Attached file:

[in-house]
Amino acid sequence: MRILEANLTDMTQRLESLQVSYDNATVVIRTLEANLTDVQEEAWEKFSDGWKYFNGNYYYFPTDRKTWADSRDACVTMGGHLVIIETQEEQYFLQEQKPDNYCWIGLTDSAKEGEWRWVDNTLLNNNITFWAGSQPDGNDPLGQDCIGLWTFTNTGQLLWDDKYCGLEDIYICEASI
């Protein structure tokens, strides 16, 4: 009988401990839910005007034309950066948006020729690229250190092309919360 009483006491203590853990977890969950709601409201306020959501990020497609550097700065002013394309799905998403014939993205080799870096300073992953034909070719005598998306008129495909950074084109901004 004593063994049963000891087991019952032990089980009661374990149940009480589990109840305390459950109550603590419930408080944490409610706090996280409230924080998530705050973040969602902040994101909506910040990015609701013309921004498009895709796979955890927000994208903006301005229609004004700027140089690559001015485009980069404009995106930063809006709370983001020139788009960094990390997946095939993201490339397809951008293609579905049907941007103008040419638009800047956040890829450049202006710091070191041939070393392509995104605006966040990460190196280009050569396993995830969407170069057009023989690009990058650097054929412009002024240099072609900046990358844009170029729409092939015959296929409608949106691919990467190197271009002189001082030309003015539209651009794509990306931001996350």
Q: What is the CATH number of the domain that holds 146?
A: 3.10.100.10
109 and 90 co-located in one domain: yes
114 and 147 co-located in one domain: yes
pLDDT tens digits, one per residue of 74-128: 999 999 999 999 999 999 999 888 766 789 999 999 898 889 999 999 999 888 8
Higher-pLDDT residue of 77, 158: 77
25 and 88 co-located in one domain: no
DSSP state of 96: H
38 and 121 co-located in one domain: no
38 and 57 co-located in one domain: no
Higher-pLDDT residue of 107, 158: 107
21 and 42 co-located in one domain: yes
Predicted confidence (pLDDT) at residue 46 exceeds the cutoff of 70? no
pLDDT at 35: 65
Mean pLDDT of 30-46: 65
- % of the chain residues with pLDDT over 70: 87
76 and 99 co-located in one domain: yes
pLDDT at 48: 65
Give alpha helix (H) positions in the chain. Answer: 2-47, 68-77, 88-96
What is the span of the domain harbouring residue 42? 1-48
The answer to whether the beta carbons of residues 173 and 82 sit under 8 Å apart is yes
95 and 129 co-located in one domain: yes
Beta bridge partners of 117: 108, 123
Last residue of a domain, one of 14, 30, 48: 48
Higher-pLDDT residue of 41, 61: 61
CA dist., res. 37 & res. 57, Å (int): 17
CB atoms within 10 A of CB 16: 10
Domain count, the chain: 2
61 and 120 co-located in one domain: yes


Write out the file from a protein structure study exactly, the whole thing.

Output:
[in-house]
Amino acid sequence: MRILEANLTDMTQRLESLQVSYDNATVVIRTLEANLTDVQEEAWEKFSDGWKYFNGNYYYFPTDRKTWADSRDACVTMGGHLVIIETQEEQYFLQEQKPDNYCWIGLTDSAKEGEWRWVDNTLLNNNITFWAGSQPDGNDPLGQDCIGLWTFTNTGQLLWDDKYCGLEDIYICEASI
């Protein structure tokens, strides 16, 4: 009988401990839910005007034309950066948006020729690229250190092309919360 009483006491203590853990977890969950709601409201306020959501990020497609550097700065002013394309799905998403014939993205080799870096300073992953034909070719005598998306008129495909950074084109901004 004593063994049963000891087991019952032990089980009661374990149940009480589990109840305390459950109550603590419930408080944490409610706090996280409230924080998530705050973040969602902040994101909506910040990015609701013309921004498009895709796979955890927000994208903006301005229609004004700027140089690559001015485009980069404009995106930063809006709370983001020139788009960094990390997946095939993201490339397809951008293609579905049907941007103008040419638009800047956040890829450049202006710091070191041939070393392509995104605006966040990460190196280009050569396993995830969407170069057009023989690009990058650097054929412009002024240099072609900046990358844009170029729409092939015959296929409608949106691919990467190197271009002189001082030309003015539209651009794509990306931001996350």
Q: What is the CATH number of the domain that holds 146?
A: 3.10.100.10
109 and 90 co-located in one domain: yes
114 and 147 co-located in one domain: yes
pLDDT tens digits, one per residue of 74-128: 999 999 999 999 999 999 999 888 766 789 999 999 898 889 999 999 999 888 8
Higher-pLDDT residue of 77, 158: 77
25 and 88 co-located in one domain: no
DSSP state of 96: H
38 and 121 co-located in one domain: no
38 and 57 co-located in one domain: no
Higher-pLDDT residue of 107, 158: 107
21 and 42 co-located in one domain: yes
Predicted confidence (pLDDT) at residue 46 exceeds the cutoff of 70? no
pLDDT at 35: 65
Mean pLDDT of 30-46: 65
- % of the chain residues with pLDDT over 70: 87
76 and 99 co-located in one domain: yes
pLDDT at 48: 65
Give alpha helix (H) positions in the chain. Answer: 2-47, 68-77, 88-96
What is the span of the domain harbouring residue 42? 1-48
The answer to whether the beta carbons of residues 173 and 82 sit under 8 Å apart is yes
95 and 129 co-located in one domain: yes
Beta bridge partners of 117: 108, 123
Last residue of a domain, one of 14, 30, 48: 48
Higher-pLDDT residue of 41, 61: 61
CA dist., res. 37 & res. 57, Å (int): 17
CB atoms within 10 A of CB 16: 10
Domain count, the chain: 2
61 and 120 co-located in one domain: yes